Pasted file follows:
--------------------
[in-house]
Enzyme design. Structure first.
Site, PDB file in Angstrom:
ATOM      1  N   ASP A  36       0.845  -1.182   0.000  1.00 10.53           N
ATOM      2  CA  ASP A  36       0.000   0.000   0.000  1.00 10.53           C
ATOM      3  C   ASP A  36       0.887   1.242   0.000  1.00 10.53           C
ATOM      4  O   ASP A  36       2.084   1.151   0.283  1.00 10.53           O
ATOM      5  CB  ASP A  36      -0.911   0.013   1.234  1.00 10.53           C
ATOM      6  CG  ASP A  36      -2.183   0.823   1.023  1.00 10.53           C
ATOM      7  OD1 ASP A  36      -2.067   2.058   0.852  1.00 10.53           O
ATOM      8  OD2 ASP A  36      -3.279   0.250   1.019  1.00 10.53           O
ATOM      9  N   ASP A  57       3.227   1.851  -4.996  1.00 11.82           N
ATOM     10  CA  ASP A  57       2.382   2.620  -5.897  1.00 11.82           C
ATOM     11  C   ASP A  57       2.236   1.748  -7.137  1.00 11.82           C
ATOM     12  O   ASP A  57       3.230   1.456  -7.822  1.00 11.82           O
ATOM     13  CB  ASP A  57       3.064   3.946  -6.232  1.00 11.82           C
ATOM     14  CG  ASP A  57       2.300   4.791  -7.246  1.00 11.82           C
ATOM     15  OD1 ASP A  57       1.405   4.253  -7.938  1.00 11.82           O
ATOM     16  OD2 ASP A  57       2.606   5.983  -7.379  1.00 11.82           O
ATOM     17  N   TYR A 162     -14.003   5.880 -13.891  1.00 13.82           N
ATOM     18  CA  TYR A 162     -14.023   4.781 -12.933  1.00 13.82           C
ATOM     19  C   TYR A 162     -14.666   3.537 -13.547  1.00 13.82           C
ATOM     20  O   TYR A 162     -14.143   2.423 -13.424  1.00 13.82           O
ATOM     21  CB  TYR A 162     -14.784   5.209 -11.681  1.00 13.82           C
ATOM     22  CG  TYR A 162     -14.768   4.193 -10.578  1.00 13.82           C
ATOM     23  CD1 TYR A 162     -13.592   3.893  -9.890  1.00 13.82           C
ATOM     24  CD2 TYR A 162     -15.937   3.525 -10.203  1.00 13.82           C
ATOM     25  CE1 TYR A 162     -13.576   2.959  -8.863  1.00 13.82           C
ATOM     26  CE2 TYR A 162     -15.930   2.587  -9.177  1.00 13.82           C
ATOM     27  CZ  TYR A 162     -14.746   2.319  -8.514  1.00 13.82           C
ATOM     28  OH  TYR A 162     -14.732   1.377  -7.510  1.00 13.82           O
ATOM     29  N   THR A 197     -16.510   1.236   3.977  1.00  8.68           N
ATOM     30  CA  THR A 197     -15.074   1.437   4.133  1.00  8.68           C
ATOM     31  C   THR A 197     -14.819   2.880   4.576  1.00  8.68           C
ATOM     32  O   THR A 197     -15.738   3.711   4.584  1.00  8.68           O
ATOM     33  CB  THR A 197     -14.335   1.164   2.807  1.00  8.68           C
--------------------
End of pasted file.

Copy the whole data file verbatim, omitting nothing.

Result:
[in-house]
Enzyme design. Structure first.
Site, PDB file in Angstrom:
ATOM      1  N   ASP A  36       0.845  -1.182   0.000  1.00 10.53           N
ATOM      2  CA  ASP A  36       0.000   0.000   0.000  1.00 10.53           C
ATOM      3  C   ASP A  36       0.887   1.242   0.000  1.00 10.53           C
ATOM      4  O   ASP A  36       2.084   1.151   0.283  1.00 10.53           O
ATOM      5  CB  ASP A  36      -0.911   0.013   1.234  1.00 10.53           C
ATOM      6  CG  ASP A  36      -2.183   0.823   1.023  1.00 10.53           C
ATOM      7  OD1 ASP A  36      -2.067   2.058   0.852  1.00 10.53           O
ATOM      8  OD2 ASP A  36      -3.279   0.250   1.019  1.00 10.53           O
ATOM      9  N   ASP A  57       3.227   1.851  -4.996  1.00 11.82           N
ATOM     10  CA  ASP A  57       2.382   2.620  -5.897  1.00 11.82           C
ATOM     11  C   ASP A  57       2.236   1.748  -7.137  1.00 11.82           C
ATOM     12  O   ASP A  57       3.230   1.456  -7.822  1.00 11.82           O
ATOM     13  CB  ASP A  57       3.064   3.946  -6.232  1.00 11.82           C
ATOM     14  CG  ASP A  57       2.300   4.791  -7.246  1.00 11.82           C
ATOM     15  OD1 ASP A  57       1.405   4.253  -7.938  1.00 11.82           O
ATOM     16  OD2 ASP A  57       2.606   5.983  -7.379  1.00 11.82           O
ATOM     17  N   TYR A 162     -14.003   5.880 -13.891  1.00 13.82           N
ATOM     18  CA  TYR A 162     -14.023   4.781 -12.933  1.00 13.82           C
ATOM     19  C   TYR A 162     -14.666   3.537 -13.547  1.00 13.82           C
ATOM     20  O   TYR A 162     -14.143   2.423 -13.424  1.00 13.82           O
ATOM     21  CB  TYR A 162     -14.784   5.209 -11.681  1.00 13.82           C
ATOM     22  CG  TYR A 162     -14.768   4.193 -10.578  1.00 13.82           C
ATOM     23  CD1 TYR A 162     -13.592   3.893  -9.890  1.00 13.82           C
ATOM     24  CD2 TYR A 162     -15.937   3.525 -10.203  1.00 13.82           C
ATOM     25  CE1 TYR A 162     -13.576   2.959  -8.863  1.00 13.82           C
ATOM     26  CE2 TYR A 162     -15.930   2.587  -9.177  1.00 13.82           C
ATOM     27  CZ  TYR A 162     -14.746   2.319  -8.514  1.00 13.82           C
ATOM     28  OH  TYR A 162     -14.732   1.377  -7.510  1.00 13.82           O
ATOM     29  N   THR A 197     -16.510   1.236   3.977  1.00  8.68           N
ATOM     30  CA  THR A 197     -15.074   1.437   4.133  1.00  8.68           C
ATOM     31  C   THR A 197     -14.819   2.880   4.576  1.00  8.68           C
ATOM     32  O   THR A 197     -15.738   3.711   4.584  1.00  8.68           O
ATOM     33  CB  THR A 197     -14.335   1.164   2.807  1.00  8.68           C